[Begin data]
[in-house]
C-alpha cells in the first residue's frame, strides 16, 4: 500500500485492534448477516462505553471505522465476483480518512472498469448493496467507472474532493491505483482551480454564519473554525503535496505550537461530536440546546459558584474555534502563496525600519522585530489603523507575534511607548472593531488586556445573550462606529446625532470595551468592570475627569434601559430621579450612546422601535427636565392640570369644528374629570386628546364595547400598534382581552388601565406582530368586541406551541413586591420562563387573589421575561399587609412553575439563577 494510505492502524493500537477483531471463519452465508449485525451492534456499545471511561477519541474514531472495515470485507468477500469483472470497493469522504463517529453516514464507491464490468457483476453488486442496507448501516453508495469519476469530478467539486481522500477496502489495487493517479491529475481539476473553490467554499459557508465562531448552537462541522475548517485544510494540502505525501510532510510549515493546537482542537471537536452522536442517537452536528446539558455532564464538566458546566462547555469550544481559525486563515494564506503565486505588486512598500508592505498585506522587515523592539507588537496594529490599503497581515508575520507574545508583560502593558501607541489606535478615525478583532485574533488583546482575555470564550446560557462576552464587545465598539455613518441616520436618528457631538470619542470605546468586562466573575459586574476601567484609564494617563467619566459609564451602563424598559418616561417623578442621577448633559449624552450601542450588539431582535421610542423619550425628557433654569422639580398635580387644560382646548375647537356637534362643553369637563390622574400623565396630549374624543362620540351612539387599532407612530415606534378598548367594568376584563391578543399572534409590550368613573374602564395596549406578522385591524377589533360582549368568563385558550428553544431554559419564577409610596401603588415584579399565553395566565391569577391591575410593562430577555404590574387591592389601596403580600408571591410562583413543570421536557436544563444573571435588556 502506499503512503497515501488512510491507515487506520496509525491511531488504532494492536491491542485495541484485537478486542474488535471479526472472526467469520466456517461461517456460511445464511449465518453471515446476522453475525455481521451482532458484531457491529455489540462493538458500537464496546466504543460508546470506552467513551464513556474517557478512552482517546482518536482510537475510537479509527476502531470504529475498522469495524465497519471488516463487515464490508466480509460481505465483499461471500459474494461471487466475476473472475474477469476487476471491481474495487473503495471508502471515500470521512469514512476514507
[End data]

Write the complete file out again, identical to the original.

[in-house]
C-alpha cells in the first residue's frame, strides 16, 4: 500500500485492534448477516462505553471505522465476483480518512472498469448493496467507472474532493491505483482551480454564519473554525503535496505550537461530536440546546459558584474555534502563496525600519522585530489603523507575534511607548472593531488586556445573550462606529446625532470595551468592570475627569434601559430621579450612546422601535427636565392640570369644528374629570386628546364595547400598534382581552388601565406582530368586541406551541413586591420562563387573589421575561399587609412553575439563577 494510505492502524493500537477483531471463519452465508449485525451492534456499545471511561477519541474514531472495515470485507468477500469483472470497493469522504463517529453516514464507491464490468457483476453488486442496507448501516453508495469519476469530478467539486481522500477496502489495487493517479491529475481539476473553490467554499459557508465562531448552537462541522475548517485544510494540502505525501510532510510549515493546537482542537471537536452522536442517537452536528446539558455532564464538566458546566462547555469550544481559525486563515494564506503565486505588486512598500508592505498585506522587515523592539507588537496594529490599503497581515508575520507574545508583560502593558501607541489606535478615525478583532485574533488583546482575555470564550446560557462576552464587545465598539455613518441616520436618528457631538470619542470605546468586562466573575459586574476601567484609564494617563467619566459609564451602563424598559418616561417623578442621577448633559449624552450601542450588539431582535421610542423619550425628557433654569422639580398635580387644560382646548375647537356637534362643553369637563390622574400623565396630549374624543362620540351612539387599532407612530415606534378598548367594568376584563391578543399572534409590550368613573374602564395596549406578522385591524377589533360582549368568563385558550428553544431554559419564577409610596401603588415584579399565553395566565391569577391591575410593562430577555404590574387591592389601596403580600408571591410562583413543570421536557436544563444573571435588556 502506499503512503497515501488512510491507515487506520496509525491511531488504532494492536491491542485495541484485537478486542474488535471479526472472526467469520466456517461461517456460511445464511449465518453471515446476522453475525455481521451482532458484531457491529455489540462493538458500537464496546466504543460508546470506552467513551464513556474517557478512552482517546482518536482510537475510537479509527476502531470504529475498522469495524465497519471488516463487515464490508466480509460481505465483499461471500459474494461471487466475476473472475474477469476487476471491481474495487473503495471508502471515500470521512469514512476514507